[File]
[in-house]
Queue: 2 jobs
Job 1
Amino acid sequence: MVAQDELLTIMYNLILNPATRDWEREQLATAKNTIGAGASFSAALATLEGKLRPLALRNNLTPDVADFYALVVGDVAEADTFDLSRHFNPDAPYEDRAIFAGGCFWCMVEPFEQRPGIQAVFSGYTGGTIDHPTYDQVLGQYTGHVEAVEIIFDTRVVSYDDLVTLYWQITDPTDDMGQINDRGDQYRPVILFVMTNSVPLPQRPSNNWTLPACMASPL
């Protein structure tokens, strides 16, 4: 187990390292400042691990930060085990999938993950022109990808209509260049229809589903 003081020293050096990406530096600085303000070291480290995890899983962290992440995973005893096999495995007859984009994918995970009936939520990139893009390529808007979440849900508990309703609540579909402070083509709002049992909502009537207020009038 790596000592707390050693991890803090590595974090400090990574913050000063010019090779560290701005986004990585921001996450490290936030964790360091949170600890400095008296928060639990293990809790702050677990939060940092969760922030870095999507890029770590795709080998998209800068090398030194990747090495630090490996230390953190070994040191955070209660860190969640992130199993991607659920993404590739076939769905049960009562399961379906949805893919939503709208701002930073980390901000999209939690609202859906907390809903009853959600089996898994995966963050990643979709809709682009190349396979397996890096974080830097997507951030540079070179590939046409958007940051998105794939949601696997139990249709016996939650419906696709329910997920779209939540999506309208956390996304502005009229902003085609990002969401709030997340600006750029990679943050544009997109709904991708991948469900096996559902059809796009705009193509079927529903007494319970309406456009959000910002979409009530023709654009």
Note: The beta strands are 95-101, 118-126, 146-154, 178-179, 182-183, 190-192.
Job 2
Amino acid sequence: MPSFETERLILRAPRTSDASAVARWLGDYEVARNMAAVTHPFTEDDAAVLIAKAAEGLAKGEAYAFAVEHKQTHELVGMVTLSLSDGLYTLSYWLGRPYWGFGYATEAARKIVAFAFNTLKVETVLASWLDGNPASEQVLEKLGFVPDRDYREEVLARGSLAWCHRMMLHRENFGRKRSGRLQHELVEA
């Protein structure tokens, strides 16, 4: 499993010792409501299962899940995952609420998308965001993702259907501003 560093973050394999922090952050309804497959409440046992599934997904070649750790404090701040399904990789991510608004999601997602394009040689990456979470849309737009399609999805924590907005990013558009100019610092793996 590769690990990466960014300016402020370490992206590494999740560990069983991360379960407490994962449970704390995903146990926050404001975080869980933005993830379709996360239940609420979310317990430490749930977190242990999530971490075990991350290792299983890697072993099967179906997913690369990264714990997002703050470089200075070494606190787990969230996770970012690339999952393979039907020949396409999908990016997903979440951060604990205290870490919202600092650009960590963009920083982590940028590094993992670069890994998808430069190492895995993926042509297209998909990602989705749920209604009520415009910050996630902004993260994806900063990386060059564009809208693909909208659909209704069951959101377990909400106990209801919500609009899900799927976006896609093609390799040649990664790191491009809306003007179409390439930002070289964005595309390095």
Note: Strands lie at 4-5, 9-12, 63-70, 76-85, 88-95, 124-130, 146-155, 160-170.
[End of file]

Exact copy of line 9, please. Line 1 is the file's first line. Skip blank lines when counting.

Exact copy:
């Protein structure tokens, strides 16, 4: 499993010792409501299962899940995952609420998308965001993702259907501003 560093973050394999922090952050309804497959409440046992599934997904070649750790404090701040399904990789991510608004999601997602394009040689990456979470849309737009399609999805924590907005990013558009100019610092793996 590769690990990466960014300016402020370490992206590494999740560990069983991360379960407490994962449970704390995903146990926050404001975080869980933005993830379709996360239940609420979310317990430490749930977190242990999530971490075990991350290792299983890697072993099967179906997913690369990264714990997002703050470089200075070494606190787990969230996770970012690339999952393979039907020949396409999908990016997903979440951060604990205290870490919202600092650009960590963009920083982590940028590094993992670069890994998808430069190492895995993926042509297209998909990602989705749920209604009520415009910050996630902004993260994806900063990386060059564009809208693909909208659909209704069951959101377990909400106990209801919500609009899900799927976006896609093609390799040649990664790191491009809306003007179409390439930002070289964005595309390095």